The psychological dimension of postwar American diplomacy also included a preoccupation with American prestige and credibility—concepts that connoted the reliability of American commitments and served as code words for America's image and reputation. As Robert McMahon has argued, throughout the postwar period American leaders invoked the principle of credibility to explain and justify a wide range of diplomatic and military decisions. American actions in such disparate crises as Korea (1950–1953), Taiwan Strait (Quemoy-Matsu) (1954–1955), Lebanon (1958), and Vietnam (1954–1973) were driven by a perceived need to demonstrate the resolve, will, and, determination—in a word, credibility—of the United States. In these and other cases, American actions were driven as much if not more by calculations of how the U.S. would be perceived abroad than by narrowly focused calculations of national interest.
Concerns about the maintenance of American prestige and credibility were undoubtedly magnified by the presence of nuclear weapons. The high stakes of all-out war in an age of nuclear devastation meant that the United States and Soviet Union channeled the competition into symbolic modes of combat. Nothing better illustrates this than the space race, which became the preeminent propaganda contest of the Cold War. Spectacular feats in outer-space exploration were at once symbolic of the scientific, technological, economic, educational, and military achievements of the superpowers. The space race also allowed the United States and the Soviet Union to demonstrate their military prowess—and thus reinforce the credibility of their deterrent capabilities—without appearing warlike. The successful Soviet launch of Sputnik I in 1957 and the American moon landing in 1969 were two of the most significant events of the Cold War, largely because of what they symbolized to people around the world.
The infusion of psychological considerations and propaganda tactics into the practice of diplomacy is one of the Cold War's most important legacies, but given the revolution in communication technologies of the late twentieth century it was perhaps inevitable that the ancient art of diplomacy would become affected by the techniques of propaganda and public persuasion. Despite the collapse of the Soviet Union and the end of the Cold War's propaganda battles, foreign policy continued to be swayed by images transmitted instantly around the globe.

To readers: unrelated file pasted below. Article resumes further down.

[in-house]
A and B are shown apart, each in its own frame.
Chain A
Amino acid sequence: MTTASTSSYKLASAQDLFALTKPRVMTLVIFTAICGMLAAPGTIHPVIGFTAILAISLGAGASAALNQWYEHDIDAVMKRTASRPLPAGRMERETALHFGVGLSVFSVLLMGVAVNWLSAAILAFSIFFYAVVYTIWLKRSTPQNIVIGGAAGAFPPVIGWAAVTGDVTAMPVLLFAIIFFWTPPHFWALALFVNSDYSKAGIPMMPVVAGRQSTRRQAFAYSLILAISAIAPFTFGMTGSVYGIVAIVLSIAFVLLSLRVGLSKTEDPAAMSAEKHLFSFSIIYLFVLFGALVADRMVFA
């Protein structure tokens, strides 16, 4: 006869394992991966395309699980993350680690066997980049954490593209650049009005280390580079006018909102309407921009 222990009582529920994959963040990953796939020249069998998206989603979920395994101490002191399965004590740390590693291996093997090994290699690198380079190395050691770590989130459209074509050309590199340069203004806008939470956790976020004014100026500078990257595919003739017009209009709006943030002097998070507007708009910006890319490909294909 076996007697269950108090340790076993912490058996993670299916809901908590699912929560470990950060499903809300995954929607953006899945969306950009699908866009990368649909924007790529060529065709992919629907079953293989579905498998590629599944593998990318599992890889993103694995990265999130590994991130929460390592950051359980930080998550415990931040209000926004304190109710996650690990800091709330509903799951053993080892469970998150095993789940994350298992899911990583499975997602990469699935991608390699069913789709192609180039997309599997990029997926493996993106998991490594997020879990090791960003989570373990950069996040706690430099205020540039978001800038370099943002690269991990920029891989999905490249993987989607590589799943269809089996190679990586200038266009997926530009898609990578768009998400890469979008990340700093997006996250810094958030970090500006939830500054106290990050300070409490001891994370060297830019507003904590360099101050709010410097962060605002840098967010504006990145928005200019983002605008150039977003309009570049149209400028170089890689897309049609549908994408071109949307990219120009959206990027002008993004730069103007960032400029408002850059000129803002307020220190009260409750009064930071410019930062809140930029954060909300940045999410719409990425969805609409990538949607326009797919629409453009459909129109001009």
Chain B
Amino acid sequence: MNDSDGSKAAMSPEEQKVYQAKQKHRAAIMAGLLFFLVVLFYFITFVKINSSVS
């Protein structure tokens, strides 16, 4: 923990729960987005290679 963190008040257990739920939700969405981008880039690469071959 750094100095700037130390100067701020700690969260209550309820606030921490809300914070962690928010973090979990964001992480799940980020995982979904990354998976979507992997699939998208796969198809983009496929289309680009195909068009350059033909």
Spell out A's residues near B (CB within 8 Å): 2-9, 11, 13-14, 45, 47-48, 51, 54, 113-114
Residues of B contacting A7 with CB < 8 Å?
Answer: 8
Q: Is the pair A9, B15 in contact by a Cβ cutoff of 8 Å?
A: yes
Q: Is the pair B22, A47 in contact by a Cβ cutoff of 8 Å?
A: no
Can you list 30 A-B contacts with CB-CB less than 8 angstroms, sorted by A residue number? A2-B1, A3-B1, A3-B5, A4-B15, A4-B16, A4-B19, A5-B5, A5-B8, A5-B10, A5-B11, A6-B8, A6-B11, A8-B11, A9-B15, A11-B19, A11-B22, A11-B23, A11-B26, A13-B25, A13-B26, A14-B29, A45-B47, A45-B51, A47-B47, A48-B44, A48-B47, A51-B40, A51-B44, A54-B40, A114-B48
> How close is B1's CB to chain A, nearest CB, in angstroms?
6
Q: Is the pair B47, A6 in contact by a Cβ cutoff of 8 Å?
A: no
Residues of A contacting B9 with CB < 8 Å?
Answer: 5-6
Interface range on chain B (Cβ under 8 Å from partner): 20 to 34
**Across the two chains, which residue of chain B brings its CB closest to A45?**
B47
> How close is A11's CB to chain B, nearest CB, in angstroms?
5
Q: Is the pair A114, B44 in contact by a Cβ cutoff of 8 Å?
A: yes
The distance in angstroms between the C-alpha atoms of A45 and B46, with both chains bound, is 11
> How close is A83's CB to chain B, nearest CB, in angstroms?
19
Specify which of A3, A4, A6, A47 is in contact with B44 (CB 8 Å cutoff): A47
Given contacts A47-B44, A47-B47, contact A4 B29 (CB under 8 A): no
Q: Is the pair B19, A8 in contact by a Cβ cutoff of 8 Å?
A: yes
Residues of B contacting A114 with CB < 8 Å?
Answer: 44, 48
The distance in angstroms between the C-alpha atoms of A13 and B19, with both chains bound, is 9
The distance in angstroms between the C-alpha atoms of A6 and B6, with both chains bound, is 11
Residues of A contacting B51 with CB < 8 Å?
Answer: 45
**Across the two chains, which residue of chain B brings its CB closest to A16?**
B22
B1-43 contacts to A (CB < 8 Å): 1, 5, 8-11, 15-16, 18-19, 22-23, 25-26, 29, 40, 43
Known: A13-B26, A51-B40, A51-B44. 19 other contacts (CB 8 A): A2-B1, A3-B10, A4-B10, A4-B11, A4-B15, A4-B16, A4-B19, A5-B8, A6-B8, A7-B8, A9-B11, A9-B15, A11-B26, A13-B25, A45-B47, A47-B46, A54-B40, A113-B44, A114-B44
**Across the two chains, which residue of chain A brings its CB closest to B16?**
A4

The days of brazenly propagandistic posters and radio broadcasts may have faded into history, but the science of propaganda has simply evolved into less overt forms of image making and media manipulation. Paralleling a broader development in international politics, where symbols and images loom large as critical components of political power, the phenomenon of posturing for public opinion has become increasingly sophisticated, involving such techniques as staged media events, generated news, orchestrated public appearances, and carefully scripted sound bites. The communication techniques that camouflage modern propaganda have obscured the basic fact that the end of the Cold War has brought about more propaganda, not less.
Daugherty, William E., and Morris Janowitz, eds. A Psychological Warfare Casebook. Baltimore, 1958. Compiled for U.S. Army psychological warfare experts, the work covers a wide range of subjects from both theoretical and historical perspectives.
Davidson, Philip. Propaganda and the American Revolution, 1763–1783. Chapel Hill, N.C., 1941.
Ellul, Jacques. Propaganda: The Formation of Men's Attitudes. Translated by Konrad Kellen and Jean Lerner. New York, 1973. Influential philosophic treatise on modern propaganda.
Haefele, Mark. "John F. Kennedy, USIA, and World Public Opinion." Diplomatic History 25, no. 1 (winter 2001): 63–84. Useful on the importance of international public opinion to U.S. foreign policy, especially during the Kennedy administration.